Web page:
2.
Duan T, Xiang D, Qin W, Peng Y, Li R, Peng H, et al. Impact of establishing regional collaborative network on reperfusion time and prognosis of patients with ST-segment elevated myocardial infarction admitting to community hospitals without percutaneous coronary intervention capacity. Zhonghua Xin Xue Guan Bing Za Zhi 2014;42:641-5.  Back to cited text no. 2
    
3.
Liang Y, Xu L, Yan J, Liu P, Yuan W, Chen X, et al. Impact of new regional cooperative rescue model on first medical contact to balloon time and outcome in patients with ST-segment elevation myocardial infarction. Zhonghua Xin Xue Guan Bing Za Zhi 2014;42:646-9.  Back to cited text no. 3
    
4.
O'Gara PT, Kushner FG, Ascheim DD, Casey DE Jr, Chung MK, de Lemos JA, et al. 2013 ACCF/AHA guideline for the management of ST-elevation myocardial infarction: A report of the American College of Cardiology Foundation/American Heart Association Task Force on Practice Guidelines. J Am Coll Cardiol 2013;61:e78-140.  Back to cited text no. 4
    
5.
Kahlon TS, Barn K, Akram MM, Blankenship JC, Bower-Stout C, Carey DJ, et al. Impact of pre-hospital electrocardiograms on time to treatment and one year outcome in a rural regional ST-segment elevation myocardial infarction network. Catheter Cardiovasc Interv 2017;89:245-51.  Back to cited text no. 5
    
6.
Bata A, Quraishi AU, Love M, Title L, Beydoun H, Lee T, et al. Initial experience with pre-activation of the cardiac catheterization lab and emergency room bypass for patients with ST-elevation myocardial infarction in Halifax, Nova Scotia. Int J Cardiol 2016;222:645-7.  Back to cited text no. 6
    
7.
Roswell RO, Greet B, Parikh P, Mignatti A, Freese J, Lobach I, et al. From door-to-balloon time to contact-to-device time: Predictors of achieving target times in patients with ST-elevation myocardial infarction. Clin Cardiol 2014;37:389-94.  Back to cited text no. 7
    
8.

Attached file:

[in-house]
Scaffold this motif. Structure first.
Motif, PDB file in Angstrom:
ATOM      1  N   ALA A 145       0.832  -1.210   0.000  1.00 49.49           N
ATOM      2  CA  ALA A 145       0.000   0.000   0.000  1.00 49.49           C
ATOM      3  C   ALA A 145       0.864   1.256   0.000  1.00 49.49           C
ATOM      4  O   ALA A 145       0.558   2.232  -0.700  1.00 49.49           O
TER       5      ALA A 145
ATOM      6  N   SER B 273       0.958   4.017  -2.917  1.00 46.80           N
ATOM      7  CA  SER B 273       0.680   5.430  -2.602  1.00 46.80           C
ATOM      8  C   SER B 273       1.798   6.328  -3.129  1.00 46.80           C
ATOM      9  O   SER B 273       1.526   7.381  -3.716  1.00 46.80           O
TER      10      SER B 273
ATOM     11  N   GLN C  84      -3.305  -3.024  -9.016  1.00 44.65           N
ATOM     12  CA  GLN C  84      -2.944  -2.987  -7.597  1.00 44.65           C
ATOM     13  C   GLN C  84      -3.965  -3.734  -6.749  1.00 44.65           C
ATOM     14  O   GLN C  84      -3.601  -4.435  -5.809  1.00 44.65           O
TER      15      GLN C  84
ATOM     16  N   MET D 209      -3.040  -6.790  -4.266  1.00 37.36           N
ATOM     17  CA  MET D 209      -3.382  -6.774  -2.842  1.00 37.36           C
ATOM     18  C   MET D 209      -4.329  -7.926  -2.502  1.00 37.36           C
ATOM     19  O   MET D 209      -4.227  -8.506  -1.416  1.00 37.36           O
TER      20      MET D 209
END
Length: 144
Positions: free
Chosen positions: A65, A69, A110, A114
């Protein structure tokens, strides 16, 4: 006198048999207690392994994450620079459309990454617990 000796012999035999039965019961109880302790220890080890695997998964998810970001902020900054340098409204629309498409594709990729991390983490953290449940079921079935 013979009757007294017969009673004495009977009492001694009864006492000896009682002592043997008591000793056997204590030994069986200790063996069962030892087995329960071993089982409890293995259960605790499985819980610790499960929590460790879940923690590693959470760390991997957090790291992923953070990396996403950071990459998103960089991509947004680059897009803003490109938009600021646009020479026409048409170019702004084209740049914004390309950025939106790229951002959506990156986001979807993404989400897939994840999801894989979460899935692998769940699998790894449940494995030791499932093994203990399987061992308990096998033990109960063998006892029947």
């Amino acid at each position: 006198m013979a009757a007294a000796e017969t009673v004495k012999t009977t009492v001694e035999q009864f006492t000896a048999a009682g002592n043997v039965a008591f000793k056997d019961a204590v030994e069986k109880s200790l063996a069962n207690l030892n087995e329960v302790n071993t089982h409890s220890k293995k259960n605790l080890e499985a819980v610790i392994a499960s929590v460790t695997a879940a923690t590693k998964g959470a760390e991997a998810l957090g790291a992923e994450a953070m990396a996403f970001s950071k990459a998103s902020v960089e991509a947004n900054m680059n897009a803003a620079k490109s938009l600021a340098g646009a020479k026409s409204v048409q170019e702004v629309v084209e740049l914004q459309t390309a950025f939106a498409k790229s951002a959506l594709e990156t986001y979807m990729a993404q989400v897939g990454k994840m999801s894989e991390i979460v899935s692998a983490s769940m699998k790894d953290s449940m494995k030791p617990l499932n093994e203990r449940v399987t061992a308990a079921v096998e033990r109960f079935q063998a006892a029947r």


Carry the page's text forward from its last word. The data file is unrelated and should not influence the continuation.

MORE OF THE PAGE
Bagai A, Jollis JG, Dauerman HL, Peng SA, Rokos IC, Bates ER, et al. Emergency department bypass for ST-Segment-elevation myocardial infarction patients identified with a prehospital electrocardiogram: A report from the American Heart Association Mission: Lifeline program. Circulation 2013;128:352-9.  Back to cited text no. 8
    
9.
Ducas RA, Labos C, Allen D, Golian M, Jeyaraman M, Lys J, et al. Association of pre-hospital ecg administration with clinical outcomes in ST-segment myocardial infarction: A systematic review and meta-analysis. Can J Cardiol 2016;32:1531-41.  Back to cited text no. 9
    
10.
Mumma BE, Kontos MC, Peng SA, Diercks DB. Association between prehospital electrocardiogram use and patient home distance from the percutaneous coronary intervention center on total reperfusion time in ST-segment-elevation myocardial infarction patients: A retrospective analysis from the national cardiovascular data registry. Am Heart J 2014;167:915-20.  Back to cited text no. 10
    
11.
Wang B, Wang Y, Ye T, Xiao G, Chang H, Wen H, et al. Integrated regional network construction for ST-segment elevation myocardial infarction care. Zhonghua Xin Xue Guan Bing Za Zhi 2014;42:650-4.  Back to cited text no. 11
    
12.
Bagai A, Al-Khalidi HR, Muñoz D, Monk L, Roettig ML, Corbett CC, et al. Bypassing the emergency department and time to reperfusion in patients with prehospital ST-segment-elevation: findings from the reperfusion in acute myocardial infarction in Carolina emergency departments project. Circ Cardiovasc Interv 2013;6:399-406.  Back to cited text no. 12
    
13.
Zeng F, Deng G, Wang Z, Liu L. WeChat: A new clinical teaching tool for problem-based learning. Int J Med Educ 2016;7:119-21.  Back to cited text no. 13
    
14.
Astarcioglu MA, Sen T, Kilit C, Durmus HI, Gozubuyuk G, Kalcik M, et al. Time-to-reperfusion in STEMI undergoing interhospital transfer using smartphone and WhatsApp messenger. Am J Emerg Med 2015;33:1382-4.  Back to cited text no. 14
    


    Figures

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    Tables

  [Table 1], [Table 2], [Table 3], [Table 4]